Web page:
Like Mack The Knife, Hunter Harrison is back and on the prowl again. He severed his ties to Canadian Pacific six months early and walked away from more than $100 million he would have gotten for standing still a bit longer. Word on the street is that he and investor Paul Hilal have their eyes on CSX—Hilal to engineer a proxy fight for control of the company (if need be) and Harrison to run the show.
Myself, I’m making no predictions. I didn’t cover myself with glory a year ago, when Canadian Pacific, with Harrison at its helm, made a run at Norfolk Southern. For that matter, neither did Hunter. He underestimated (as did I) the staying power of Norfolk Southern’s new CEO, Jim Squires, and was clueless how to proceed when the rest of the rail industry rose in united opposition to his plans for a merger of the two railroads and easily got the U.S. government to take sides.
The experience humbled me, but not Hunter Harrison. As I said, he’s on the loose, and I keep getting asked what I think.
The plan could succeed, even peacefully. Like CP, CSX has suffered from decades of poor executive management. The current chief executive, Michael Ward, has tried to overcome this legacy, but he’s past normal retirement age and his number two, president Clarence Gooden, is nearly there. So there’s nothing to prevent their giving Hilal seats on the board and Harrison (who at age 72 seems young at heart) the keys to Ward’s comfortable suite on the fifteenth floor of 500 Water Street.
But Ward strikes me as a fighter, not a quitter. He fought The Children’s Investment Fund, a British investment company that sought control of the CSX board a decade ago. The Brits got some of their candidates elected to the board, but they never sought to oust Ward. Ward would be acting quite in character to resist.
What if he does? Look out, Michael, is my advice. Paul Hilal would be a formidable opponent. He probably knows railroads better than anyone in the investment business. Working for Bill Ackman’s Pershing Square Capital Management, Hilal was the person who recruited Hunter Harrison out of retirement. Then he was the behind-the-scenes field marshal for the 2012 proxy battle at Canadian Pacific. Poor Fred Green, then CP’s hapless chief executive, never stood a chance. Pershing Square collected proxies for 94 percent of the shares. Now Hilal runs his own hedge fund, Mantle Ridge, and I reckon he remembers how to wage a proxy war. He has until February 10 to nominate a slate of directors. If he does, the odds would favor him—such is Hunter Harrison’s reputation among investors.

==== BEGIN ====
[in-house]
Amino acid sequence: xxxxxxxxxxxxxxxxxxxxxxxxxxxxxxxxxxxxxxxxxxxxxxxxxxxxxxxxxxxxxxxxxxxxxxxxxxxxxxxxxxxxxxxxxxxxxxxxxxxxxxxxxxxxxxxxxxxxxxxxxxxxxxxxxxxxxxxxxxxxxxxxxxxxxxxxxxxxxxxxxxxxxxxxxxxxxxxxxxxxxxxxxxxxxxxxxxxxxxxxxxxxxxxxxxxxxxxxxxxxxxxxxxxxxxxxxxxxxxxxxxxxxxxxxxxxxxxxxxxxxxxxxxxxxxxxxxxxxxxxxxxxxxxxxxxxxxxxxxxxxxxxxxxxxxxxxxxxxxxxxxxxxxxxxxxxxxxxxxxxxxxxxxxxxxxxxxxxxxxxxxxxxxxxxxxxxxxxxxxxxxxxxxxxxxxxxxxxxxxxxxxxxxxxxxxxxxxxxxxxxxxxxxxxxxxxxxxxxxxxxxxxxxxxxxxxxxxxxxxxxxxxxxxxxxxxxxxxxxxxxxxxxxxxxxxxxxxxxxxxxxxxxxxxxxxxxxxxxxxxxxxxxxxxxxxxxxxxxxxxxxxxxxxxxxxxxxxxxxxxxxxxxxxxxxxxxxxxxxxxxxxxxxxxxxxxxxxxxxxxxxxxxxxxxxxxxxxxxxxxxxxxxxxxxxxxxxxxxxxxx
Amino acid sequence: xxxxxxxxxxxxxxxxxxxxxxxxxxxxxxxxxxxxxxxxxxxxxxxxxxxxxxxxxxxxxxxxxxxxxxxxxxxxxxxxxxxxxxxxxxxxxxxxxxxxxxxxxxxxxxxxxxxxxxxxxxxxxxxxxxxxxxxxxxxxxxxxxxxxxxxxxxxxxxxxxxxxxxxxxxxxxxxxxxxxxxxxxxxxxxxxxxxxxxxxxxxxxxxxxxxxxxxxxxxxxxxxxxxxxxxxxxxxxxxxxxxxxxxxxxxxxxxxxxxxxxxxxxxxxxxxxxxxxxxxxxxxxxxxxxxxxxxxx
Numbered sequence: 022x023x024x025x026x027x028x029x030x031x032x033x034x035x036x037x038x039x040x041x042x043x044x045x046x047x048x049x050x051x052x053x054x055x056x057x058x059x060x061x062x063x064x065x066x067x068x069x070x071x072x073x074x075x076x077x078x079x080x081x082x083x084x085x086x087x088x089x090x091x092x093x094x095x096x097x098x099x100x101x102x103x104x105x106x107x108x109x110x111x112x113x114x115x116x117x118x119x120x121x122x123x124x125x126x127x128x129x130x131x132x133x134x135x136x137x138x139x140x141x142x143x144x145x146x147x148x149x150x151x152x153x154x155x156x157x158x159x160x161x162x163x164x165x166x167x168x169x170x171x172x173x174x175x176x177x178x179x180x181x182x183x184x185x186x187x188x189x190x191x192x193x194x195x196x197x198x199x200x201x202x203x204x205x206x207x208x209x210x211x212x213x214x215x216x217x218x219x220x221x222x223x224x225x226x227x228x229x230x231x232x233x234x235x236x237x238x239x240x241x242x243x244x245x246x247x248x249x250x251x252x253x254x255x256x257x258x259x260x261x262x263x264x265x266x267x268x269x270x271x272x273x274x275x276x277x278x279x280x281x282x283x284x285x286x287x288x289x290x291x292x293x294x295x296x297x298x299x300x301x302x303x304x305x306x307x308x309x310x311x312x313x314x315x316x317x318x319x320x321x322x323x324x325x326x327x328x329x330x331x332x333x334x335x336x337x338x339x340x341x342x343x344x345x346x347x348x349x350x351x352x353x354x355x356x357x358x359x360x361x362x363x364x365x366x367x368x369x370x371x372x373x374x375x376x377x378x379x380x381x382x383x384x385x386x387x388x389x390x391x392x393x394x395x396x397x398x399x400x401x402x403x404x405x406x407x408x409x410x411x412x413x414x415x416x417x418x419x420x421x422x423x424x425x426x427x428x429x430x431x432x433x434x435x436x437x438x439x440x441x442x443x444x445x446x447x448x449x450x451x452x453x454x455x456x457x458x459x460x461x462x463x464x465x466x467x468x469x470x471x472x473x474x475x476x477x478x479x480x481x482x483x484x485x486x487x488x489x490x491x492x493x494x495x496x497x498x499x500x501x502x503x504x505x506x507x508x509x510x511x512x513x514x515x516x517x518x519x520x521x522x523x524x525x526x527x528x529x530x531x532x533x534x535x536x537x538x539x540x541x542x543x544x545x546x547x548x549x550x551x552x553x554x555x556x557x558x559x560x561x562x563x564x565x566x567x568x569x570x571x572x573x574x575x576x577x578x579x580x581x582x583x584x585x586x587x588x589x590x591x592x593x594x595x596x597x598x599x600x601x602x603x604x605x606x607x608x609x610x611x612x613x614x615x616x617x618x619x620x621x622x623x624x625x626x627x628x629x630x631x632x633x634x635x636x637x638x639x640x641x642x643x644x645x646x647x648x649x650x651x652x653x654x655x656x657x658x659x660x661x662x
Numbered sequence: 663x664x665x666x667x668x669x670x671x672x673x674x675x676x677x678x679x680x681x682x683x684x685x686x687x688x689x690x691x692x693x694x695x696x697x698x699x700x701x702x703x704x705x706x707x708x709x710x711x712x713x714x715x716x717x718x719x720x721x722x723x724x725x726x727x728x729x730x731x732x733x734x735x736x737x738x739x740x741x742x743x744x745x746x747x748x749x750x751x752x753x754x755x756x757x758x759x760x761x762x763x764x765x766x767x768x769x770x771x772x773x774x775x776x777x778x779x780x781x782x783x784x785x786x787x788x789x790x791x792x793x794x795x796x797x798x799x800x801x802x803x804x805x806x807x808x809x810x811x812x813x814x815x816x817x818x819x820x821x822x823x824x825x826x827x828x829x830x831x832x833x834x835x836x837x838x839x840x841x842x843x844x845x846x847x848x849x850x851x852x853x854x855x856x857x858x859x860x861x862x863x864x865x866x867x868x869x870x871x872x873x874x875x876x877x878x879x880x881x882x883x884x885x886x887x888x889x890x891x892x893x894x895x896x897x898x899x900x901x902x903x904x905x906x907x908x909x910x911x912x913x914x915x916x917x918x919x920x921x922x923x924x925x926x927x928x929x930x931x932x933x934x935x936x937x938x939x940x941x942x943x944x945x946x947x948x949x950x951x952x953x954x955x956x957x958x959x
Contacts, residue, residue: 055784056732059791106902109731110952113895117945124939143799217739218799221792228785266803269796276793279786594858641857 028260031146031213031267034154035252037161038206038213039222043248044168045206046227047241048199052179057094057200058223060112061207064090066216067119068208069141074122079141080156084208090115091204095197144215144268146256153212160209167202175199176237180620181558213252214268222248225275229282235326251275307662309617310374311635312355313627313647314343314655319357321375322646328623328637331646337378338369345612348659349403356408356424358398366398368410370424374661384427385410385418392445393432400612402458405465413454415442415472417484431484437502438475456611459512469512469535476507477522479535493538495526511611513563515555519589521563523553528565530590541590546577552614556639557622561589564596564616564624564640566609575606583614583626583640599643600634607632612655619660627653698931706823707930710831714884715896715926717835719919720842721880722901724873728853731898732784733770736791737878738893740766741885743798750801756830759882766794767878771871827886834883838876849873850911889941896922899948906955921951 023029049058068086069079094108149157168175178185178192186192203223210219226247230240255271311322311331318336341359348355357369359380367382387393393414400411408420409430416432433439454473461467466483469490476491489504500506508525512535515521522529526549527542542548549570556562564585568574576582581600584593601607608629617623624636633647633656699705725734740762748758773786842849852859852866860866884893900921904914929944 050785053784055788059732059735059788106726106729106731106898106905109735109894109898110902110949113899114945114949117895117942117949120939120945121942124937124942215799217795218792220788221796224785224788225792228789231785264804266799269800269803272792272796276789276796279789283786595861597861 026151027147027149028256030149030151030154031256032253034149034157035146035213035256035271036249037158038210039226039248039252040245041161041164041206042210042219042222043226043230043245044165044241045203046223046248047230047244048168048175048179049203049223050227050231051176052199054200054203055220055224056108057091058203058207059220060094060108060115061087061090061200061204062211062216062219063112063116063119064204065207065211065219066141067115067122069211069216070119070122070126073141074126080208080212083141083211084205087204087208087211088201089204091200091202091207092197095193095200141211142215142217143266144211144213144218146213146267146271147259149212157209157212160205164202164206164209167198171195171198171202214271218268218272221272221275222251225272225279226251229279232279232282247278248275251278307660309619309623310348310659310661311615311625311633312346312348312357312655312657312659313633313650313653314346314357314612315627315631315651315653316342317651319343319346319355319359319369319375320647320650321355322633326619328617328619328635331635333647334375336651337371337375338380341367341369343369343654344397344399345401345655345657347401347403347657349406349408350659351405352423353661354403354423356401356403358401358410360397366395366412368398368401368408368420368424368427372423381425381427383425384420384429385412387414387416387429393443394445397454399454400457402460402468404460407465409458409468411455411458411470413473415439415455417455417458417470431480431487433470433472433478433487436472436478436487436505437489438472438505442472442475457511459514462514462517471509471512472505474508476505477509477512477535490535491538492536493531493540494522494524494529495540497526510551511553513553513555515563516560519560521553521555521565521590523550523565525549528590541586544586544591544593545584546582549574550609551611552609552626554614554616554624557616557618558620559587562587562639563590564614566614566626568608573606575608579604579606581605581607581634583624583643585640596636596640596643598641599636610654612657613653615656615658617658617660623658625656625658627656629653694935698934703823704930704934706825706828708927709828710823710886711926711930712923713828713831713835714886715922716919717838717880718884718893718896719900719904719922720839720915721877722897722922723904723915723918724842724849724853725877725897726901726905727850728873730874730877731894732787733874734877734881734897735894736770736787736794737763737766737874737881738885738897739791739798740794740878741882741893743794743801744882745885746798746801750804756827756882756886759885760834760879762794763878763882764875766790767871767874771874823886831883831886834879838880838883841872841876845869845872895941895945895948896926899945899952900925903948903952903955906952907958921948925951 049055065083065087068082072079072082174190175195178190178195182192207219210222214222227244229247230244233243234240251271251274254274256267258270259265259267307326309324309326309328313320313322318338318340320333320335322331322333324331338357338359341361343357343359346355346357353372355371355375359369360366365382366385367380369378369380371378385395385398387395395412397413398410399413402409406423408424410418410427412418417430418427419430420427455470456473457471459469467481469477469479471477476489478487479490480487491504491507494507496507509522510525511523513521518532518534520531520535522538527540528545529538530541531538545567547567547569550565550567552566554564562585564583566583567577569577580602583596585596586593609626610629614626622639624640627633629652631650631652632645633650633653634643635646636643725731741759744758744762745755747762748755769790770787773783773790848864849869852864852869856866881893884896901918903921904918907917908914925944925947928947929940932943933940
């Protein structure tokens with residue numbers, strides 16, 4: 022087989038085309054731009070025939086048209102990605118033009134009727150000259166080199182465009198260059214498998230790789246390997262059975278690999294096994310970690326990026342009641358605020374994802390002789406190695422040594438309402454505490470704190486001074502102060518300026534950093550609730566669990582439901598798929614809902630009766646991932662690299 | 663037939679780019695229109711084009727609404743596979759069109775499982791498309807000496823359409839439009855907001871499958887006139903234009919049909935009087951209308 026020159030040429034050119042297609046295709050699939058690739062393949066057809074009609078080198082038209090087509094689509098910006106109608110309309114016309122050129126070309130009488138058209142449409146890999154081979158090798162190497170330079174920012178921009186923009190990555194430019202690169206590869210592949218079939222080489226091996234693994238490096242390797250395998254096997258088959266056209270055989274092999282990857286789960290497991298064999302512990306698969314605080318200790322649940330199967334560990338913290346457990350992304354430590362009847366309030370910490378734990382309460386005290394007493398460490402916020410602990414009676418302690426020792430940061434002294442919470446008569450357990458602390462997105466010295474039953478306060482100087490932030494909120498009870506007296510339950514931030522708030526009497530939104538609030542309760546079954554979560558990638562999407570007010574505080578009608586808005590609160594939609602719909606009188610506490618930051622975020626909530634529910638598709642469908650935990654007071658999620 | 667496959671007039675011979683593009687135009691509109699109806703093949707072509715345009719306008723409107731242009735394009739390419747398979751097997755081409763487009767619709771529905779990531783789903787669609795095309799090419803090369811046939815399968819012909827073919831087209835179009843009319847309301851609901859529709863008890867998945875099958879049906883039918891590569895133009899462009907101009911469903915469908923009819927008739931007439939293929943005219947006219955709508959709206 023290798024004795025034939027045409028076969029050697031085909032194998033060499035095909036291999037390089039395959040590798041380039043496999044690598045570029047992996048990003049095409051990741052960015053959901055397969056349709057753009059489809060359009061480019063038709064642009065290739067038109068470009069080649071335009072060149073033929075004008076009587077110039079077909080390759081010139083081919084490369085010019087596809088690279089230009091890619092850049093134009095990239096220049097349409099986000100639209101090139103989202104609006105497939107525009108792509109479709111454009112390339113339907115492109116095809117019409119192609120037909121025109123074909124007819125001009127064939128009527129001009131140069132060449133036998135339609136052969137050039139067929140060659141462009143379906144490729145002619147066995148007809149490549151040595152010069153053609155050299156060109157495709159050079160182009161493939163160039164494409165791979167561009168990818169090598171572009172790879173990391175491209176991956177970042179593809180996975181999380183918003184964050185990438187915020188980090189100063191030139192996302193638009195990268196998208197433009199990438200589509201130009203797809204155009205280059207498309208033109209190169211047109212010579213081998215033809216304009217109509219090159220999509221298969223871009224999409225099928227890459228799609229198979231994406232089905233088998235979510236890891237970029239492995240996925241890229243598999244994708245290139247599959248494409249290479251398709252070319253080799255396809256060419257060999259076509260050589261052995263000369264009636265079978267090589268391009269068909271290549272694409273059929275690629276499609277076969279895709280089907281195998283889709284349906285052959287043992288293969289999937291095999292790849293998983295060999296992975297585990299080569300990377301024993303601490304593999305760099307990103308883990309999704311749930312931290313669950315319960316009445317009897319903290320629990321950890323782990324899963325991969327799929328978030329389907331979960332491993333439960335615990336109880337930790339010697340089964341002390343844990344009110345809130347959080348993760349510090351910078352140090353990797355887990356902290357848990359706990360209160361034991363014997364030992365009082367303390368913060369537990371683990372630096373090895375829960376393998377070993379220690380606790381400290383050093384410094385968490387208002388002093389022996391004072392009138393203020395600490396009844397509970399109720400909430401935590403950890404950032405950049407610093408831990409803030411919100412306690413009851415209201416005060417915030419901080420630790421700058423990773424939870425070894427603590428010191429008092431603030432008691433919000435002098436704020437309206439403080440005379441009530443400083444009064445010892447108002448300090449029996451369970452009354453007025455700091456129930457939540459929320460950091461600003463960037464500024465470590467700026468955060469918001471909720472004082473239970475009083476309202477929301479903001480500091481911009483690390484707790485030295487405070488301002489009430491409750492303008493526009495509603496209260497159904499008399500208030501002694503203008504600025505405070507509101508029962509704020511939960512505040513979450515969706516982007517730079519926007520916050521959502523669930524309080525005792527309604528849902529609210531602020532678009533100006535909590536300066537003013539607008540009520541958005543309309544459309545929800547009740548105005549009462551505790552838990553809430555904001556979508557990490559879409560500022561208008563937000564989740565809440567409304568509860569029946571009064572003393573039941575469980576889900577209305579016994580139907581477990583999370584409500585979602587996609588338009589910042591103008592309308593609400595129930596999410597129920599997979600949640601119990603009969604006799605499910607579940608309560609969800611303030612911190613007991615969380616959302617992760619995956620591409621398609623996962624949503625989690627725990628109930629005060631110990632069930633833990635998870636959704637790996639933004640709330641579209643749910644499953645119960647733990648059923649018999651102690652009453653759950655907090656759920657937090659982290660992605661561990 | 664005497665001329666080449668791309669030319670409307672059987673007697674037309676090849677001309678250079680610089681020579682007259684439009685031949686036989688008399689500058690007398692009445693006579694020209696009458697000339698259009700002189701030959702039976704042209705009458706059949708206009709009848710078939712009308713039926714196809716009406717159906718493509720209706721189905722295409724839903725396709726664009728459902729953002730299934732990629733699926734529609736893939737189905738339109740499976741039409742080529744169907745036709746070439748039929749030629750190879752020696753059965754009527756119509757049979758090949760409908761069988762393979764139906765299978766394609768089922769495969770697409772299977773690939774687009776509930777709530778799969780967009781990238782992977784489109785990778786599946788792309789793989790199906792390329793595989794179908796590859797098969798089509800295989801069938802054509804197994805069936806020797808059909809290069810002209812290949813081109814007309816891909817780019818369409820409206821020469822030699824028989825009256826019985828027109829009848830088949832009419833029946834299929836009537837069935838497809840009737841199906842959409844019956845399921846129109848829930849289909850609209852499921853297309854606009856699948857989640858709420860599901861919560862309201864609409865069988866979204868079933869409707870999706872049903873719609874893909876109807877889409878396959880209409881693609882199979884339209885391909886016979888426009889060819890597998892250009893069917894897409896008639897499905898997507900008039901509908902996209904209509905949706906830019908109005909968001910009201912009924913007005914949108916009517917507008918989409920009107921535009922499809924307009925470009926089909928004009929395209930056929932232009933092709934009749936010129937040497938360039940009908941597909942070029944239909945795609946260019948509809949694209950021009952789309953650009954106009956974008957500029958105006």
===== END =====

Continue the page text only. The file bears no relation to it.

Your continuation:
My friend and mentor, the consultant and writer Roy Blanchard, tells Railway Age that CSX already practices Harrison’s brand of “precision railroading.” I’m not as convinced of that, and in any case CSX has been too slow to adapt to the new reality, the decline of coal. Why even hold on to the coal-gathering network? Spin it off—someone will buy it. Or combine it with the coal trackage of Norfolk Southern and either spin it off or run it like they do Conrail Shared Assets. But I suspect both railroads remain prisoners of the mentality of their coal departments, which mistake a dead-cat bounce in coal business as the start of a permanent renewal.
One other thought: CSX may be on to something with its “CSX of Tomorrow.” It seeks to drive as much traffic as possible onto the CSX lines connecting Chicago, New Jersey, and Jacksonville, while investing in additional capacity on these lines and spending less than in the past on the “feeder” routes to this triangle. If this is such a good idea, why not go the rest of the way and sell these feeder lines to startup regional railroads? My point is, CSX would still get most or all of the business but not be saddled with maintaining the assets. I doubt it would take a Hunter Harrison long to reach this same conclusion.
Peace or war—which will it be? We’ll know in two weeks, by February 10.—Fred W. Frailey